If I have a font in which lookups exist c2sc as built-in, there is a command to make small caps capital letters without incurring complicated codes like this: Convert all-caps words to small caps I mean something like \textsc{...}, but with uppercase?

  • 1
    What do you mean exactly with textsc but with upper case? Do you want to convert to smallcaps? Or to normal caps? Something else? To make it a bit more concrete: can you provide a small document that illustrates what you want, with a screenshot of the current output and a description or mock-up screenshot of how you want the output to look? – Marijn May 22 '19 at 21:11
  • Or do you just mean something like \textsc{\MakeLowercase{YOURTEXT}}? – Marijn May 22 '19 at 21:14
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    Most caps/smcaps fonts have both styles. Not tested: try \MakeUppercase{Xxxx...} to use the "real" uppercase. – barbara beeton May 22 '19 at 21:15
  • Some OpenType fonts support this as a font feature, Capitals to Small Caps, which is available in fontspec. – Davislor May 22 '19 at 21:21
  • I mean to write something like \textsc{TEXT} and obtain <TEXT> in small caps. My font has real smcp and two lookups: smcp (lowercase to small caps), which works with \textsc: and c2sc (capitals to smallcaps) – user41063 May 22 '19 at 21:29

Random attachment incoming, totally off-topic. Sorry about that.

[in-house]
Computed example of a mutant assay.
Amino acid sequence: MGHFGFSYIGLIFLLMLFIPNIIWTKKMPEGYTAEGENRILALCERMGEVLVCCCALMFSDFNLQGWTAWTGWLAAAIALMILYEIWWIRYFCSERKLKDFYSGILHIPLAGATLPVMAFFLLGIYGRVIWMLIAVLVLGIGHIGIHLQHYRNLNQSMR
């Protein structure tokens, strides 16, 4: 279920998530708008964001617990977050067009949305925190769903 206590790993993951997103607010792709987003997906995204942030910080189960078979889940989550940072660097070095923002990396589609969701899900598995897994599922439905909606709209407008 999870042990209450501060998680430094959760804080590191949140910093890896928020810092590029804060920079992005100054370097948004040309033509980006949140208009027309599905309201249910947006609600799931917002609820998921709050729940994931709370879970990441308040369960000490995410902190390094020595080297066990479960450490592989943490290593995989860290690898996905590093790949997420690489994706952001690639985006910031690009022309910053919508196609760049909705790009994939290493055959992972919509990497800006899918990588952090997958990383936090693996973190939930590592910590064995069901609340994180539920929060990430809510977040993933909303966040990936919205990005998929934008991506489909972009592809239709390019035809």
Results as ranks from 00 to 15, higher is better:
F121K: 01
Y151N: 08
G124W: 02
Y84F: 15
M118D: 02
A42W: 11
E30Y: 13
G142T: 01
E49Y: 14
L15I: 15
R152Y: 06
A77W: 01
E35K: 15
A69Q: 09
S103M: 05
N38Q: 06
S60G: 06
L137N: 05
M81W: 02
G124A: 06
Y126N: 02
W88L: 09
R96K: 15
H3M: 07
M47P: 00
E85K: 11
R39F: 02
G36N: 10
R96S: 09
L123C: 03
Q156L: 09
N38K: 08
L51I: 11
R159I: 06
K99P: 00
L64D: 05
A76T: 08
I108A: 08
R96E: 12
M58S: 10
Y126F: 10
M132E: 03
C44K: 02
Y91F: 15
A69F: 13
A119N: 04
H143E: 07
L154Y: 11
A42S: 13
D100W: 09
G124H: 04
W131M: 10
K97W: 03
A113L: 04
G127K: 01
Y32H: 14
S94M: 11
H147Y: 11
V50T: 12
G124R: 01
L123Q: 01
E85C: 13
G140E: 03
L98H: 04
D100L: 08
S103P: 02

You can write your own declarations and commands for c2sc and for putting everything in small caps:

\setmainfont{EB Garamond}
%%% make uppercase letters small caps:
% declaration
% command

%%% make all letters small caps:
% declaration
% command
{\csc This declaration gives UPPERCASE SMALL CAPS.}

\textcsc{This command gives UPPERCASE SMALL CAPS.}

{\asc Now lower- and UPPERCASE letters are all small caps.}

This is \textasc{a TEST.} This is \textasc{only a TEST.}


In most cases, there’s no advantage to doing this. But with EB Garamond and some commercial fonts, text in \textsc{...} copies as lowercase, while text set with c2sc copies as uppercase.

  • thank you. In any case \def is a Tex primitive, \newrobustcmd not and makes some contols before its execution. Here they are more or less the same – user41063 May 25 '19 at 15:40

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